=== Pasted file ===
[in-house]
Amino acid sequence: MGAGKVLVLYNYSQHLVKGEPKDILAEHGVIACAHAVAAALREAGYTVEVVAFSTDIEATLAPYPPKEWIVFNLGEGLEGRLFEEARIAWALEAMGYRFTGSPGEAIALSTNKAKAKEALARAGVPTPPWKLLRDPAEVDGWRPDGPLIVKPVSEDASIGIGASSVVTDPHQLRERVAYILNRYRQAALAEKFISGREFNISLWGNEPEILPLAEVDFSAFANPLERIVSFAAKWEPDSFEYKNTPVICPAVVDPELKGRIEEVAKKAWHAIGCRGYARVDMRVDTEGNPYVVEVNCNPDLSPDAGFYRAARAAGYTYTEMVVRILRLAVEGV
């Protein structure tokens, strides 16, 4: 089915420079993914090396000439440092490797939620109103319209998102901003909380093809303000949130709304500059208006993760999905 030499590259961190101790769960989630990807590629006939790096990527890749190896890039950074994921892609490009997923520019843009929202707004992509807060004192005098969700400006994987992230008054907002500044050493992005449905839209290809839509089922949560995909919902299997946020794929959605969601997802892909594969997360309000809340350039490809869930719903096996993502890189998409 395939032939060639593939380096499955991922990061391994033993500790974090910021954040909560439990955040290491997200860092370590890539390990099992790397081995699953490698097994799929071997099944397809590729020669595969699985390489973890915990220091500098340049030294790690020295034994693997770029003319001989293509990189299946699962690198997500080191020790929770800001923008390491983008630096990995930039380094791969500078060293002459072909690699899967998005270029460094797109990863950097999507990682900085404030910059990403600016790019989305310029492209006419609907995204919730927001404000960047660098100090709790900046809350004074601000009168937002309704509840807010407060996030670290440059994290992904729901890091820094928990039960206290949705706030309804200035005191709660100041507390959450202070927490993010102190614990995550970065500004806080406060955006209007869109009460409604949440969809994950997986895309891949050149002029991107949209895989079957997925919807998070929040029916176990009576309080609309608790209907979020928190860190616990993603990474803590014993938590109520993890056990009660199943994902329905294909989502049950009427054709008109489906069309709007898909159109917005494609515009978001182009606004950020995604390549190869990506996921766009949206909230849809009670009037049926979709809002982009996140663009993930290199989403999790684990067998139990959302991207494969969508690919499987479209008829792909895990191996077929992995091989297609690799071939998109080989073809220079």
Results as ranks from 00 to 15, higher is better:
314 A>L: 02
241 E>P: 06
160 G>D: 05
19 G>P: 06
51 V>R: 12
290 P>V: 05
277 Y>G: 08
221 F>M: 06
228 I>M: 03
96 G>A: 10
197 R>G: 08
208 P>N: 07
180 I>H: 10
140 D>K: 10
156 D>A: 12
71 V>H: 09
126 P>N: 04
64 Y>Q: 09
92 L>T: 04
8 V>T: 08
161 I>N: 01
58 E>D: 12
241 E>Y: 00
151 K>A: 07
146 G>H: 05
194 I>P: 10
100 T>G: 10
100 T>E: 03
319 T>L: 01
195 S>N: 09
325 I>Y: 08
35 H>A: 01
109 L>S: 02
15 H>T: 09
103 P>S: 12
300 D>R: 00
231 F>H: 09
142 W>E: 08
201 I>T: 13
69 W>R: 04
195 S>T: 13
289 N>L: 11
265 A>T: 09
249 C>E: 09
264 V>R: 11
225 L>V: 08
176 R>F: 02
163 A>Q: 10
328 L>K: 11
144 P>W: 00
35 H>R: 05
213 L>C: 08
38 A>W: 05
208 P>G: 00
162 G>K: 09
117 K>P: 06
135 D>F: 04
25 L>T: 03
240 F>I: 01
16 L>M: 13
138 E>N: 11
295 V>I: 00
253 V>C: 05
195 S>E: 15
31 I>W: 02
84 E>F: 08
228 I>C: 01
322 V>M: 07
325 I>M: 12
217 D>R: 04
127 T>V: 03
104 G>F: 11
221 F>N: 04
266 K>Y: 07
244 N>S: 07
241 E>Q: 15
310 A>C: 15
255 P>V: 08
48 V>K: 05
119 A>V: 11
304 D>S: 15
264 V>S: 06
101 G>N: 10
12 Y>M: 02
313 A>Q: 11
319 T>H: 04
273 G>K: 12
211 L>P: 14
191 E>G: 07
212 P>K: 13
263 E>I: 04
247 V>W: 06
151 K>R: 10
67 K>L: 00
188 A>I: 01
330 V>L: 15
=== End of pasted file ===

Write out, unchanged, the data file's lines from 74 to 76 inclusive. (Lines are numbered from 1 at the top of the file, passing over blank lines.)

217 D>R: 04
127 T>V: 03
104 G>F: 11